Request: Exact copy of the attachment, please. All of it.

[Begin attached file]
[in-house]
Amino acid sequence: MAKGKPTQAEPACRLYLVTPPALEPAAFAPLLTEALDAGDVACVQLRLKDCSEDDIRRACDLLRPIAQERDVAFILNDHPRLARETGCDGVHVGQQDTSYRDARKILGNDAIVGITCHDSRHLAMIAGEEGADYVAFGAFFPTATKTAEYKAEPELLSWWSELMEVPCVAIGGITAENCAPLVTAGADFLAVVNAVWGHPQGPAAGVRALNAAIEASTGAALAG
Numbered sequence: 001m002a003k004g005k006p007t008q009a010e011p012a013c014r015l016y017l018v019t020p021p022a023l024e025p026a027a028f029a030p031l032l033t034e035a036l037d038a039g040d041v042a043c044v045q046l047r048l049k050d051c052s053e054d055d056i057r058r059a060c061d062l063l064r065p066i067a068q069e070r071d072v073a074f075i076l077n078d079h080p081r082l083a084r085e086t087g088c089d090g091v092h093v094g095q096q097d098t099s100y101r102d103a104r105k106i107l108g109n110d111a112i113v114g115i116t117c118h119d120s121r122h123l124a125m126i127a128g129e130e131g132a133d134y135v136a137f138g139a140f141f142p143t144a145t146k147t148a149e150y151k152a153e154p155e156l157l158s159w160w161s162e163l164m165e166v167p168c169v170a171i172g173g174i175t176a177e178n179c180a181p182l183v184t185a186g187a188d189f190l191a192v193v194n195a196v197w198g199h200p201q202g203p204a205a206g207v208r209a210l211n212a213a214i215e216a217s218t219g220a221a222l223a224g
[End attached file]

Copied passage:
[in-house]
Amino acid sequence: MAKGKPTQAEPACRLYLVTPPALEPAAFAPLLTEALDAGDVACVQLRLKDCSEDDIRRACDLLRPIAQERDVAFILNDHPRLARETGCDGVHVGQQDTSYRDARKILGNDAIVGITCHDSRHLAMIAGEEGADYVAFGAFFPTATKTAEYKAEPELLSWWSELMEVPCVAIGGITAENCAPLVTAGADFLAVVNAVWGHPQGPAAGVRALNAAIEASTGAALAG
Numbered sequence: 001m002a003k004g005k006p007t008q009a010e011p012a013c014r015l016y017l018v019t020p021p022a023l024e025p026a027a028f029a030p031l032l033t034e035a036l037d038a039g040d041v042a043c044v045q046l047r048l049k050d051c052s053e054d055d056i057r058r059a060c061d062l063l064r065p066i067a068q069e070r071d072v073a074f075i076l077n078d079h080p081r082l083a084r085e086t087g088c089d090g091v092h093v094g095q096q097d098t099s100y101r102d103a104r105k106i107l108g109n110d111a112i113v114g115i116t117c118h119d120s121r122h123l124a125m126i127a128g129e130e131g132a133d134y135v136a137f138g139a140f141f142p143t144a145t146k147t148a149e150y151k152a153e154p155e156l157l158s159w160w161s162e163l164m165e166v167p168c169v170a171i172g173g174i175t176a177e178n179c180a181p182l183v184t185a186g187a188d189f190l191a192v193v194n195a196v197w198g199h200p201q202g203p204a205a206g207v208r209a210l211n212a213a214i215e216a217s218t219g220a221a222l223a224g